|Buttoned so wrong side is hidden|
My first version of TSW (The Sewing Workshop) Icon shirt is finished. And, as expected I learned a lot. It is far more interesting than I gathered looking at their gallery pictures and perusing the instructions. I think part of it is that I learn best in an experiential mode.
My choice of fabric made me wince more than once while I was pressing and stitching. But now that it is complete, I think I'm good with it. True, the horizontal red stripes on the back are not the best. But otherwise I think I rather like the juxtaposition of the two striped fabrics. My original thought for these was a navy striped shell with bias red stripe on the neck and armhole edges. That would have been more *me* but maybe not as interesting.
What I learned:
What I learned:
- The wrong side of the fabric really does show. Note the buttons on the side panel. That is where the wrong side shows the most.
- The most interesting aspects of this pattern are the way the pieces are partially finished and then top-stitched together. This creates a flap on the right side (where the wrong side shows) and a flap plus a pleat down the back.
- The least interesting aspect of this pattern would have to be the sleeve finish. Just a straight hem. Boring. I have noticed that Linda Lee wears most of her shirts with sleeves rolled up, as seen in her gallery pix of this pattern. I like a little something at the wrist so I created a facing and then a little slit. It is a cuff, sort of.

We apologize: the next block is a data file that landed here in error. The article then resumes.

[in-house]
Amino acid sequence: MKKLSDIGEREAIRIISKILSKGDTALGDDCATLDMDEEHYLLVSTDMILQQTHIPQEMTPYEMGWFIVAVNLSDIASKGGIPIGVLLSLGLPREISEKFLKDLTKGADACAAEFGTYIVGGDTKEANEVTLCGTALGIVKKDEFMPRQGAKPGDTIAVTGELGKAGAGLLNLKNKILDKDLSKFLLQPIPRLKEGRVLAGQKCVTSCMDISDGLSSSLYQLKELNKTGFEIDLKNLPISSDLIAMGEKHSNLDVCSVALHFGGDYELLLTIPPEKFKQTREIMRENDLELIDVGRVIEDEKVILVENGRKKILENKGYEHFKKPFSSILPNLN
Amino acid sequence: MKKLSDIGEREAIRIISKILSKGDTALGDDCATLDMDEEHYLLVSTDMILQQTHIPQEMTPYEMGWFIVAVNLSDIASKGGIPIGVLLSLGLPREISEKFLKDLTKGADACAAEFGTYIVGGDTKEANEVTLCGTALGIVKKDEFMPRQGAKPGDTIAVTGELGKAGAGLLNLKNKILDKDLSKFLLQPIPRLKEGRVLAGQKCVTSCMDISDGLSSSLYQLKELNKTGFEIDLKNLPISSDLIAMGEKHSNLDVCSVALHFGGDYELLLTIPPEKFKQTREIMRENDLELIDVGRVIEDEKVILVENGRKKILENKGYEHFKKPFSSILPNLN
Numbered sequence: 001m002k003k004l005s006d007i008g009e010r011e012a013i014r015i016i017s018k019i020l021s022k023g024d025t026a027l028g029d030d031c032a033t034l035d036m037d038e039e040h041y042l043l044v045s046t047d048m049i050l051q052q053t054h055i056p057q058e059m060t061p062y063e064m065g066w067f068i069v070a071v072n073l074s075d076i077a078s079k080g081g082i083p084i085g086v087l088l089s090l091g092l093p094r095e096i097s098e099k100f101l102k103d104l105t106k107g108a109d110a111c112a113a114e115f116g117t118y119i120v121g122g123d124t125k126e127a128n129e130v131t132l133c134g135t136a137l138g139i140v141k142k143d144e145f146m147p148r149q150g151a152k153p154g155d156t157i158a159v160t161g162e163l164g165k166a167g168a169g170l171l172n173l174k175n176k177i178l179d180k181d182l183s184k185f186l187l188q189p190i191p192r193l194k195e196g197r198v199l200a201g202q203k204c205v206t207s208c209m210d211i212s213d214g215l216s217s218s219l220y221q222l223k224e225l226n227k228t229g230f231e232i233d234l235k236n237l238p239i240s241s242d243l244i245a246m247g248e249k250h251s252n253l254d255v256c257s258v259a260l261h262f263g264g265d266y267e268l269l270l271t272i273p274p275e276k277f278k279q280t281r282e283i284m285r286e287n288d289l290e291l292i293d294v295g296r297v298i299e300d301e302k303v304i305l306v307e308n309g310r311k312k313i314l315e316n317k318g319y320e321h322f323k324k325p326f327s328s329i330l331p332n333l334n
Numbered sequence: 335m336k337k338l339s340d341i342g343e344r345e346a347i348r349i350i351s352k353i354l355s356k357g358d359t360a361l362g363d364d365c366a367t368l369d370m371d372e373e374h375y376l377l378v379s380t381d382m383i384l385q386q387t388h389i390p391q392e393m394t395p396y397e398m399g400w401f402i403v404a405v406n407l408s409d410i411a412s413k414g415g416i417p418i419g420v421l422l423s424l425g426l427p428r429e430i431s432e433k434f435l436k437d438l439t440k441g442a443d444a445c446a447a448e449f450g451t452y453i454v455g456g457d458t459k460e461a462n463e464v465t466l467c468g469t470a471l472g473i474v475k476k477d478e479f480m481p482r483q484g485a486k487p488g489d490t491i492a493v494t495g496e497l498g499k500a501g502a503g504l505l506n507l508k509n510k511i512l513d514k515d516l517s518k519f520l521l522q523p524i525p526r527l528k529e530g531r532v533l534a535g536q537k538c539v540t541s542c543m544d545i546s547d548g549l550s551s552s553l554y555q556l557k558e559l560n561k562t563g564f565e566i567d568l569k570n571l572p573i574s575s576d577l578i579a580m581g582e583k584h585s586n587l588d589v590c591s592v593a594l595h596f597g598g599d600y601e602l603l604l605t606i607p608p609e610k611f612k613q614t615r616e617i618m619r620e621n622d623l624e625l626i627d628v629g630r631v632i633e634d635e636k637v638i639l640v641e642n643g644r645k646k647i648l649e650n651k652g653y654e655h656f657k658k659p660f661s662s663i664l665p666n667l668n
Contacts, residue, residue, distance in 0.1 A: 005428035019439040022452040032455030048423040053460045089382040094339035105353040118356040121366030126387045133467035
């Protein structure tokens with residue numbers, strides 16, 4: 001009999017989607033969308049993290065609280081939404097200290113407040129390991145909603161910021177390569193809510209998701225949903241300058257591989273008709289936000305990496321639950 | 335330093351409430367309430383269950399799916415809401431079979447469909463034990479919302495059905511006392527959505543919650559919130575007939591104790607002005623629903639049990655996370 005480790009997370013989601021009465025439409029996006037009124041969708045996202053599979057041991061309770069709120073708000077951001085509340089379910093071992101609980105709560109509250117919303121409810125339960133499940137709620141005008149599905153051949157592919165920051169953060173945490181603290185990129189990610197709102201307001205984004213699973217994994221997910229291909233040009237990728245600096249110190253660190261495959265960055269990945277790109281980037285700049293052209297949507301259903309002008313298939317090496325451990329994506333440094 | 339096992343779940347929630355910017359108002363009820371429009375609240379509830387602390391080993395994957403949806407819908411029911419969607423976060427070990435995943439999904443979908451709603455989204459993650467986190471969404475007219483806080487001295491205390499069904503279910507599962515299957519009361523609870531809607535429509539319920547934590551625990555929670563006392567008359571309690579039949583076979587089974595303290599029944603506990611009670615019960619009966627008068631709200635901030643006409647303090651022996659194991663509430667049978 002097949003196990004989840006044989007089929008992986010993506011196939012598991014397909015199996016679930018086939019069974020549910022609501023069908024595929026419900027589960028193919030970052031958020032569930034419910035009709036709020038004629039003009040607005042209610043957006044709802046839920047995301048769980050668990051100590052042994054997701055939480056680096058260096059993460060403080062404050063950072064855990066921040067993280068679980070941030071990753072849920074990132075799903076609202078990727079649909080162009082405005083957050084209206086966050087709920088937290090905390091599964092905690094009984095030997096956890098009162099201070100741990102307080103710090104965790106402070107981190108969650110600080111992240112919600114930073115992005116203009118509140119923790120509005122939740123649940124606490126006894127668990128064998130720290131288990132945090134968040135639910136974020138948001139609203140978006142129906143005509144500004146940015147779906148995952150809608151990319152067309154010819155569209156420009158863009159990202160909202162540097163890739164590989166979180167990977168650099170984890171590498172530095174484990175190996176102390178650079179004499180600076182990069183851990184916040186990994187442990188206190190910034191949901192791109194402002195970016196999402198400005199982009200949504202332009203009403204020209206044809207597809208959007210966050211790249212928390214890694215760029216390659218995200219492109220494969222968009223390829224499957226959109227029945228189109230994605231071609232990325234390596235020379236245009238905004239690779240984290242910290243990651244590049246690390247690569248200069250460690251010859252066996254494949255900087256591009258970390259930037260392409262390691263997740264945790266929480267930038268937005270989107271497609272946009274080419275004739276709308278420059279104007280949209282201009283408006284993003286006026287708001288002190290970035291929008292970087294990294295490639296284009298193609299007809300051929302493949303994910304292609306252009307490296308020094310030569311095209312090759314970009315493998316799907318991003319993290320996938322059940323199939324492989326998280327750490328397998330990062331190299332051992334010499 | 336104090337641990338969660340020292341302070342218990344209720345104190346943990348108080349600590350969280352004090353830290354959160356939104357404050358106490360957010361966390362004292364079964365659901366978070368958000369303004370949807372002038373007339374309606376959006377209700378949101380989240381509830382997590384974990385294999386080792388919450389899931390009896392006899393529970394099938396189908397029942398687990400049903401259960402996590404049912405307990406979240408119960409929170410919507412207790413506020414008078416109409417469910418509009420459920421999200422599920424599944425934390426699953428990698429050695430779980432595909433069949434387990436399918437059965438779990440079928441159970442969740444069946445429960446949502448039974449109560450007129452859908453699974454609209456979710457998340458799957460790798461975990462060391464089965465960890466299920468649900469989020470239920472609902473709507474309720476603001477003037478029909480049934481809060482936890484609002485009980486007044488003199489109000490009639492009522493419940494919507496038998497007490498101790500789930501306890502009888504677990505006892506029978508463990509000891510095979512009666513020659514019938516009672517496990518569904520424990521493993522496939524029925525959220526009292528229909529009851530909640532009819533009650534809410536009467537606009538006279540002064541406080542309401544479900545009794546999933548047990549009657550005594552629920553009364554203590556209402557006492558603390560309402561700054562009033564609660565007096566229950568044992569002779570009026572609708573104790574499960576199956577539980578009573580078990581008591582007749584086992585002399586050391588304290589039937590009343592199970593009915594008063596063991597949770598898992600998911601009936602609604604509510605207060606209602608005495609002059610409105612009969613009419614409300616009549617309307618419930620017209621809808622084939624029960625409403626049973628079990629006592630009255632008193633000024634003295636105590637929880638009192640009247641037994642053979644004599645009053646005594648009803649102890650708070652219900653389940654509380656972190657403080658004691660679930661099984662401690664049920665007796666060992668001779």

- When you make a mistake, wait before you *fix* it. I reacted too quickly when I realized that the right side panel (under the sleeve) would be showing off its backside. I added buttonholes and buttons to hold it down. The easy solution would have been to simply top stitch it down. :(
- Stripes are fun for little details like when a collar band peeks out, or on a bias trip. These stripes are really too much for me.
- I was most intrigued by the *hanging* pocket described on the pattern envelope. The instructions produce an interesting pocket, but not a hanging pocket. Theirs includes a little piece than hangs off the bottom of the pocket, detached from the shirt, but it is purely decorative, not really part of the pocket. Realizing this, I chose to follow the Ericson instructions for a hanging pocket found in their ReVisions pattern *Just Pockets.* My first attempt was a lined version. This was too heavy for this light weight shirting, so I created a second unlined version. There is a mistake in their instructions where they have you sew the front pocket piece to the back pocket piece right sides together. I slaveishly followed this direction only to realized that this results in the wrong side of the back piece on the surface of the finished pocket. Oh well, certainly not the only time I used a seam ripper on this piece!
- I'm now pondering the back length of this shirt. I'm concerned it may *catch* on my hip fluff.
|dreaded back view|
For now, it's done and it was a fun sewing experience.